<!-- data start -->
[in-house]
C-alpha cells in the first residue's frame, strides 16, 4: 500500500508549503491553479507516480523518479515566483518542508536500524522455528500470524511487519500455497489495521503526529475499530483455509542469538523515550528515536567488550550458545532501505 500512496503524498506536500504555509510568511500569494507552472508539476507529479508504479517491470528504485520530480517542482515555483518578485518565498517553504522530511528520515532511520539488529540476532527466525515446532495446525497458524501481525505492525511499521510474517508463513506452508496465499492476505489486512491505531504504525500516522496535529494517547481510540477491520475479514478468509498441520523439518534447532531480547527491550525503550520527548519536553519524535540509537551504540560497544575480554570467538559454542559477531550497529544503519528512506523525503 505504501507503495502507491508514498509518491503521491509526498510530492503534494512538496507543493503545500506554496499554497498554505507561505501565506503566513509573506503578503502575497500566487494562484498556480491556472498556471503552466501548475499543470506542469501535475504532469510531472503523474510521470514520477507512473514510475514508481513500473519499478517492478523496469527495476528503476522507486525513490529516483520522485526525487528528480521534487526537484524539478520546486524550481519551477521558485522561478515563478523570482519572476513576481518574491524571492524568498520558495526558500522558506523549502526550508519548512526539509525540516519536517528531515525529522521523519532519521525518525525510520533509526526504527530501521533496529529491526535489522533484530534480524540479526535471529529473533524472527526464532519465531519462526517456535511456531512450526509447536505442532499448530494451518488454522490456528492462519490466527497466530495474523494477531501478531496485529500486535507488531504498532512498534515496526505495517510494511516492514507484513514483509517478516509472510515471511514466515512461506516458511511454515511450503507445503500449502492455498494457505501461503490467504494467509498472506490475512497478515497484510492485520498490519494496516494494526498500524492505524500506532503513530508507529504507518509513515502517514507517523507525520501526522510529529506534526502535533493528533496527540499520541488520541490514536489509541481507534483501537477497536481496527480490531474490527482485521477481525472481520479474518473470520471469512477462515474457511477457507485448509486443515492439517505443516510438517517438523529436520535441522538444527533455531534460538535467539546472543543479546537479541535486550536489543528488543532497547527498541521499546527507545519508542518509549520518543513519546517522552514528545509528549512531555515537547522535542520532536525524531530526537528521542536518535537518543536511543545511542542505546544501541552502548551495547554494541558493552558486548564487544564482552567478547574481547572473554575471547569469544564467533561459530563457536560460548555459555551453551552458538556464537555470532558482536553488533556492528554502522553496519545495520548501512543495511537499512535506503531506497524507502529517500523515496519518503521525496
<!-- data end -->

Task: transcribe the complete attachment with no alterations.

[in-house]
C-alpha cells in the first residue's frame, strides 16, 4: 500500500508549503491553479507516480523518479515566483518542508536500524522455528500470524511487519500455497489495521503526529475499530483455509542469538523515550528515536567488550550458545532501505 500512496503524498506536500504555509510568511500569494507552472508539476507529479508504479517491470528504485520530480517542482515555483518578485518565498517553504522530511528520515532511520539488529540476532527466525515446532495446525497458524501481525505492525511499521510474517508463513506452508496465499492476505489486512491505531504504525500516522496535529494517547481510540477491520475479514478468509498441520523439518534447532531480547527491550525503550520527548519536553519524535540509537551504540560497544575480554570467538559454542559477531550497529544503519528512506523525503 505504501507503495502507491508514498509518491503521491509526498510530492503534494512538496507543493503545500506554496499554497498554505507561505501565506503566513509573506503578503502575497500566487494562484498556480491556472498556471503552466501548475499543470506542469501535475504532469510531472503523474510521470514520477507512473514510475514508481513500473519499478517492478523496469527495476528503476522507486525513490529516483520522485526525487528528480521534487526537484524539478520546486524550481519551477521558485522561478515563478523570482519572476513576481518574491524571492524568498520558495526558500522558506523549502526550508519548512526539509525540516519536517528531515525529522521523519532519521525518525525510520533509526526504527530501521533496529529491526535489522533484530534480524540479526535471529529473533524472527526464532519465531519462526517456535511456531512450526509447536505442532499448530494451518488454522490456528492462519490466527497466530495474523494477531501478531496485529500486535507488531504498532512498534515496526505495517510494511516492514507484513514483509517478516509472510515471511514466515512461506516458511511454515511450503507445503500449502492455498494457505501461503490467504494467509498472506490475512497478515497484510492485520498490519494496516494494526498500524492505524500506532503513530508507529504507518509513515502517514507517523507525520501526522510529529506534526502535533493528533496527540499520541488520541490514536489509541481507534483501537477497536481496527480490531474490527482485521477481525472481520479474518473470520471469512477462515474457511477457507485448509486443515492439517505443516510438517517438523529436520535441522538444527533455531534460538535467539546472543543479546537479541535486550536489543528488543532497547527498541521499546527507545519508542518509549520518543513519546517522552514528545509528549512531555515537547522535542520532536525524531530526537528521542536518535537518543536511543545511542542505546544501541552502548551495547554494541558493552558486548564487544564482552567478547574481547572473554575471547569469544564467533561459530563457536560460548555459555551453551552458538556464537555470532558482536553488533556492528554502522553496519545495520548501512543495511537499512535506503531506497524507502529517500523515496519518503521525496